A mobile phone repair company in Adelaide has been fined $5000 after failing to pay a smaller on-the-spot fine for payslip breaches.
Mobizone, which claims to be Adelaide’s leading phone repairer on its website, was originally fined $550 by the Fair Work Ombudsman for a breach of workplace law last year.
The Industrial Relations Court fined the business $3500, while Mobizone’s business manager and part owner Raymond Kebbe was fined an additional $1500.
According to the Ombudsman, the breach was revealed after Fair Work inspectors audited the workplace last year and found a member of staff on a 457 visa was only being issued payslips when he asked for them.
Workplace law dictates that employees must be provided payslips within one working day of their wages.
While the Ombudsman made “numerous requests” for Mobizone to pay back the on-the-spot fine for the breach, it refused, Fair Work Ombudsman Natalie James said in a statement.
“Instead of having a $550 fine to pay, the financial penalty is now significantly greater and comes with publicity and potential risk to the business’s reputation over its conduct,” she said.
“We place a high importance on enforcing compliance with payslip obligations, because when employees don’t receive them, it undermines their ability to understand how their wages have been calculated and to check they’ve received their minimum lawful entitlements.”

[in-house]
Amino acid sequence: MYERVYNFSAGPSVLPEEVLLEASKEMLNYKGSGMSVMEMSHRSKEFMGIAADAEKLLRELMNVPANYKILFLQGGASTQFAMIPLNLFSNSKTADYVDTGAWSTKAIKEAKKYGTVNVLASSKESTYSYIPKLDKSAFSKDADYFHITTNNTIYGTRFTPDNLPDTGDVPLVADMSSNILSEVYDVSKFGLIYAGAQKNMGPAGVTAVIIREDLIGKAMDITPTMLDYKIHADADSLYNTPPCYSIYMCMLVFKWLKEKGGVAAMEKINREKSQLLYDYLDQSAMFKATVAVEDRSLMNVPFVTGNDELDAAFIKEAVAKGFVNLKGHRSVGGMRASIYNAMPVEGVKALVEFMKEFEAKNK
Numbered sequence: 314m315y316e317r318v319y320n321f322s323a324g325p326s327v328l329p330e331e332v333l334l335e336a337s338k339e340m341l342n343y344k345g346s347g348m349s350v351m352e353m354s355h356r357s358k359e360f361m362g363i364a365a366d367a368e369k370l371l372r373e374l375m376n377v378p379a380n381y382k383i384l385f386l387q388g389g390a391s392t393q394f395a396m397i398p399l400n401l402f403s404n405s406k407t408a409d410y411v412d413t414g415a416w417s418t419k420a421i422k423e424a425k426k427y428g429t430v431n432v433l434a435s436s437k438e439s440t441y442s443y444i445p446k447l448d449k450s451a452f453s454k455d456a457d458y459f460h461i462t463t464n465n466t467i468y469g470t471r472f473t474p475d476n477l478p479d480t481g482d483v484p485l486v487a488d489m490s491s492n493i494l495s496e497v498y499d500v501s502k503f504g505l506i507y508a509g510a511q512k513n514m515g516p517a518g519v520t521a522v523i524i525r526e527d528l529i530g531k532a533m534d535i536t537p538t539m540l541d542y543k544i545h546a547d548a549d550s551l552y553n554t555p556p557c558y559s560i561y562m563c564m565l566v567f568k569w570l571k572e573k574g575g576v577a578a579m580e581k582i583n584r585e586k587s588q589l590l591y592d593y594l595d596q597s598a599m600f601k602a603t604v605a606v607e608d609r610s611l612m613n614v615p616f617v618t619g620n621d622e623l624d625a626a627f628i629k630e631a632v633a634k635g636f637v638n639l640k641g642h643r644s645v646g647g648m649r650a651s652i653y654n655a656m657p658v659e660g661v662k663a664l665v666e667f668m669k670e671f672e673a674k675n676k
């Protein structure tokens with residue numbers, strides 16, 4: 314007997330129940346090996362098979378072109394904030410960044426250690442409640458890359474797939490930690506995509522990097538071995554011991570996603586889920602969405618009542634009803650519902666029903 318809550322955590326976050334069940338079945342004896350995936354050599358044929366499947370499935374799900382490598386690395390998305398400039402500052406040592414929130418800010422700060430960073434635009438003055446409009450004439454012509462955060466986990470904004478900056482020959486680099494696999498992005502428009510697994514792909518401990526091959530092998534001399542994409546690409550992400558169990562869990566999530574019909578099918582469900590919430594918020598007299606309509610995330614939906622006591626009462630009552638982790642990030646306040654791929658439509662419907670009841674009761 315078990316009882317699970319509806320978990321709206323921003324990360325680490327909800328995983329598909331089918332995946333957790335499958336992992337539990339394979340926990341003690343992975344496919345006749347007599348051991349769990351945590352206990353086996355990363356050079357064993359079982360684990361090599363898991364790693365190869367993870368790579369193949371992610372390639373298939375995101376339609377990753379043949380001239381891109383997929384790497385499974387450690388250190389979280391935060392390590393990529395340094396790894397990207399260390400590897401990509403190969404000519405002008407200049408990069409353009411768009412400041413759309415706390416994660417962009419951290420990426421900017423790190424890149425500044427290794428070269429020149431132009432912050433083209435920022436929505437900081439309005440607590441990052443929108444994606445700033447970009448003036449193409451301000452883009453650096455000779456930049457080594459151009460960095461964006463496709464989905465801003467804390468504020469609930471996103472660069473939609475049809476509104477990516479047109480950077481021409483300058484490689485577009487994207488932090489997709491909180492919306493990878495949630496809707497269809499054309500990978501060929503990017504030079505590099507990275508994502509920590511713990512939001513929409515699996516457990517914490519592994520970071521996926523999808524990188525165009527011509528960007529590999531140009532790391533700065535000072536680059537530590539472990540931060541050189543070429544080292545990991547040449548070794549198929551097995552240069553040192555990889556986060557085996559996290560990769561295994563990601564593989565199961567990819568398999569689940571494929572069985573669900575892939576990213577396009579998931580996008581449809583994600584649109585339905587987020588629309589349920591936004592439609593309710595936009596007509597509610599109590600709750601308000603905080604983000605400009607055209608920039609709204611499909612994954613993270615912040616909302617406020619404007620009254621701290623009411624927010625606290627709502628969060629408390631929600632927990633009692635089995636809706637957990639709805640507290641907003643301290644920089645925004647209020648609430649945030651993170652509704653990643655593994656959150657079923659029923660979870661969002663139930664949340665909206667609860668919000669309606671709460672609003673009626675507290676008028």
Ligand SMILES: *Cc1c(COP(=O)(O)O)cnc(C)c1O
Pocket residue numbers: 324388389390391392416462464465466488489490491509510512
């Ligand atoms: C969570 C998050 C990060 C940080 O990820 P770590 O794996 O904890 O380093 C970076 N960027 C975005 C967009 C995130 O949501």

Ben Tallboys, senior associate at Russell Kennedy Lawyers, told SmartCompany this morning the higher penalty on the employer could have been easily avoided.
“The simple fact of the matter is employers have to provide a payslip within one day of paying an employee,” he says.
Tallboys says this is important for two reasons; one being the employer was required by law to do so but also because it was important for the employee to have all that information at hand.
“A detailed payslip should show how much an employee is being paid, how it’s being calculated and what their leave entitlements are,” he says.
“It’s important that employees get that immediately so if there is an issue it can be dealt with immediately.”
He says in this case, the business appeared to have been “haphazard with payslips” and did itself no favours by “flat out” ignoring the Ombudsman’s on-the-spot fine.
“You can’t just put your head in sand when the ombudsman shows up on your doorstep,” Tallboys says.
“That is what the employer did on this occasion and now they, and the business manager responsible for the payslips, have got penalised.
“It all could have been avoided if payslips were issued at the time employees were paid.”
Tallboys says the simple lesson for other small business is to provide detailed payslips to employees.
“Employers need to know requirements and what they need to include in the content of payslip and if they don’t know they should seek advice,” he says.
“If an employee or ombudsman challenges the content or provision of a payslip, you’ve got to deal with it immediately.
“It doesn’t make sense for any business to ignore a fine from the ombudsman.”
SmartCompany contacted Mobizone for comment but did not receive a response prior to publication.